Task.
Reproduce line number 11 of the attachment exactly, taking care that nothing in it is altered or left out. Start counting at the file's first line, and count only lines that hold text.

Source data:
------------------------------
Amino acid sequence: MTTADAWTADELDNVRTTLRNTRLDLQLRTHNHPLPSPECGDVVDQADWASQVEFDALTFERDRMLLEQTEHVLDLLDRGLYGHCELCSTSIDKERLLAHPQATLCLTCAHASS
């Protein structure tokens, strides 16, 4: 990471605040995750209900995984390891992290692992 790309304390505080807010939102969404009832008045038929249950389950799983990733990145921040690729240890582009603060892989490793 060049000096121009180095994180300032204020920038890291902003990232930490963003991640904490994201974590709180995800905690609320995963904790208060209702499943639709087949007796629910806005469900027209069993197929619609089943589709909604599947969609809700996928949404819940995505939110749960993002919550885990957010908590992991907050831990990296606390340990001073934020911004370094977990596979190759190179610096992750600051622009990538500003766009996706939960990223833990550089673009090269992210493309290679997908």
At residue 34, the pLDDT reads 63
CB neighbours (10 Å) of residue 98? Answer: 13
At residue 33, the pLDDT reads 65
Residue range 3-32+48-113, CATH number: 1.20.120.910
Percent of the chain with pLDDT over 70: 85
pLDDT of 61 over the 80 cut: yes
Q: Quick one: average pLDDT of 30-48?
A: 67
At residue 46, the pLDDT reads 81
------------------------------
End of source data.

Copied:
At residue 46, the pLDDT reads 81